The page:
Hurry - Only 2 left in stock!
Isaac Asimov was born in 1920 in Russia and was brought to the USA by his parents three years later. He grew up in Brooklyn and attended Columbia University. After a short spell in the army, he gained a doctorate and worked in academia and chemical research.
Asimov's career as a science fiction writer began in 1939 with the short story `Marooned Off Vesta'. Thereafter he became a regular contributor to the leading SF magazines of the day. Asimov wrote hundreds of short stories and novels, including the iconic I, Robot and Foundation. He won the Hugo Award four times and the Nebula Award once.
Apart from his world-famous science fiction, Asimov also wrote highly successful detective mystery stories, a four-volume History of North America, a two-volume Guide to the Bible, a biographical dictionary, encyclopaedias, and textbooks, as well as two volumes of autobiography.
Asimov died in 1992 at the age of 72.
Fantasy wasn't Asimov's forte, but that's not to say that this lightweight, posthumous gathering of previously uncollected stories and essays won't amuse casual readers and please the completist. The fiction here, mostly satirical, resembles Asimov's SF, depending on a clever idea that is clearly presented in a well-built story. Most of the stories concern George and his demon (or perhaps extradimensional alien) servant Azazel, whose plans to help George's friends always go awry. The book also contains two modern fairy tales, as well as a Black Widowers piece that barely qualifies as fantasy. Overall, the nonfiction holds up better, dealing with topics from unicorns to symbolism; many of the essays comment on, or provide context for, the stories. There's some criticism, too, and despite his dislike of critics, Asimov himself proves a capable one as he analyzes the work of, among others, Robert E. Howard, L. Sprague de Camp, J.R.R. Tolkien and, of greatest interest, himself. (Jan.)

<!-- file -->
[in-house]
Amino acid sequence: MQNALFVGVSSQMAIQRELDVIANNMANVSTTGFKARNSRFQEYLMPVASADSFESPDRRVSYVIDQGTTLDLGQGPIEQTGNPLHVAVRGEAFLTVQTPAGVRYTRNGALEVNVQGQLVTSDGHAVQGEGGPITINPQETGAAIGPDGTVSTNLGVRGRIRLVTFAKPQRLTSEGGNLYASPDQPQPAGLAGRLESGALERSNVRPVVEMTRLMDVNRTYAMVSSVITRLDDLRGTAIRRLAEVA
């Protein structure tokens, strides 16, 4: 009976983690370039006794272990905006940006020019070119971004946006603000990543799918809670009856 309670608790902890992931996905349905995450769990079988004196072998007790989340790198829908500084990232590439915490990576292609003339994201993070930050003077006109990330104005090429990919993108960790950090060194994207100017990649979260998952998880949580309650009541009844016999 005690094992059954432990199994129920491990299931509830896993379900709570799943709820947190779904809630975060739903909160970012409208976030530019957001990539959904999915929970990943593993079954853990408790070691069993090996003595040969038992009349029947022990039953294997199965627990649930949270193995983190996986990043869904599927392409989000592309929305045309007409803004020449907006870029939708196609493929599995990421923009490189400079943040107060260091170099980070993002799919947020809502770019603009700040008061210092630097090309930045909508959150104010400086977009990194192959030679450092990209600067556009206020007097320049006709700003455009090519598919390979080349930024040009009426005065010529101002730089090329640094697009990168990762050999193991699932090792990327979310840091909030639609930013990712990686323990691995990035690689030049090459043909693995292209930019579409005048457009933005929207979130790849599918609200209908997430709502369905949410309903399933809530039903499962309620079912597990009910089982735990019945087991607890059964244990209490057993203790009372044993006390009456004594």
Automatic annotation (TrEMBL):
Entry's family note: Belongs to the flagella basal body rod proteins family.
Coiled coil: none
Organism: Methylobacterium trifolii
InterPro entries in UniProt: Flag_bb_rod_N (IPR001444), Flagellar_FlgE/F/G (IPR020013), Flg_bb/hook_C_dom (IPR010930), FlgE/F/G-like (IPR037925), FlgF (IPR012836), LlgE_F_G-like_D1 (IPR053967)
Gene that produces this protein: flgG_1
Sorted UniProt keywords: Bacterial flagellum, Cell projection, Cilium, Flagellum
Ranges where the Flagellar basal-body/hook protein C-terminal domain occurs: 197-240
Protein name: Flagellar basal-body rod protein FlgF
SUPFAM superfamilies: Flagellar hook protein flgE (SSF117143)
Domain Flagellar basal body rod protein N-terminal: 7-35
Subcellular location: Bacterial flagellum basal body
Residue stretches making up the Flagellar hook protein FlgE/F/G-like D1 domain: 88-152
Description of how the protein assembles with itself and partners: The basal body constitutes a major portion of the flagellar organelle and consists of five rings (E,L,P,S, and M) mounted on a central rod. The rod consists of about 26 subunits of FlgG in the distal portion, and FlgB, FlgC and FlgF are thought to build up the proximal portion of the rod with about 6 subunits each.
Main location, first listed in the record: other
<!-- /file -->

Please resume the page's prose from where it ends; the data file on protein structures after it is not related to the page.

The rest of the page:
`Isaac Asimov was one of the great explainers of the age...It
will never be known how many practicing scientists today, in how
many countries, owe their initial inspiration to a book, article,
or short story by Isaac Asimov'
`Asimov displayed one of the most dynamic imaginations in
`Asimov's career was one of the most formidable in science